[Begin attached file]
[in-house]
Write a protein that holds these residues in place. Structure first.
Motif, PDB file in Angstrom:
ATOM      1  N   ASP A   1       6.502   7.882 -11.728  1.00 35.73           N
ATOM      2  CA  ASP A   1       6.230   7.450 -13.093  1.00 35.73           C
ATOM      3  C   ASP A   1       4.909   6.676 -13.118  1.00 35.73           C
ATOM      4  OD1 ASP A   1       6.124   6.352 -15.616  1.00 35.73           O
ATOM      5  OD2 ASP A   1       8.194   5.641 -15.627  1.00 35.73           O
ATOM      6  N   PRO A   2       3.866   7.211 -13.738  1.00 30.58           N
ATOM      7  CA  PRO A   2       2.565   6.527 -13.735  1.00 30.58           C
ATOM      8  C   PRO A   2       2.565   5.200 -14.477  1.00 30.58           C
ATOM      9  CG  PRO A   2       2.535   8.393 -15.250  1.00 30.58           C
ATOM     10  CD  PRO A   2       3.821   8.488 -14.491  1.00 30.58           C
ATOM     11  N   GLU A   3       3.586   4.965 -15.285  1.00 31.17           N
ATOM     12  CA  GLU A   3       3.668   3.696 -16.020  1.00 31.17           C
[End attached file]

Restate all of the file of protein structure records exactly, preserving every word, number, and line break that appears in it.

[in-house]
Write a protein that holds these residues in place. Structure first.
Motif, PDB file in Angstrom:
ATOM      1  N   ASP A   1       6.502   7.882 -11.728  1.00 35.73           N
ATOM      2  CA  ASP A   1       6.230   7.450 -13.093  1.00 35.73           C
ATOM      3  C   ASP A   1       4.909   6.676 -13.118  1.00 35.73           C
ATOM      4  OD1 ASP A   1       6.124   6.352 -15.616  1.00 35.73           O
ATOM      5  OD2 ASP A   1       8.194   5.641 -15.627  1.00 35.73           O
ATOM      6  N   PRO A   2       3.866   7.211 -13.738  1.00 30.58           N
ATOM      7  CA  PRO A   2       2.565   6.527 -13.735  1.00 30.58           C
ATOM      8  C   PRO A   2       2.565   5.200 -14.477  1.00 30.58           C
ATOM      9  CG  PRO A   2       2.535   8.393 -15.250  1.00 30.58           C
ATOM     10  CD  PRO A   2       3.821   8.488 -14.491  1.00 30.58           C
ATOM     11  N   GLU A   3       3.586   4.965 -15.285  1.00 31.17           N
ATOM     12  CA  GLU A   3       3.668   3.696 -16.020  1.00 31.17           C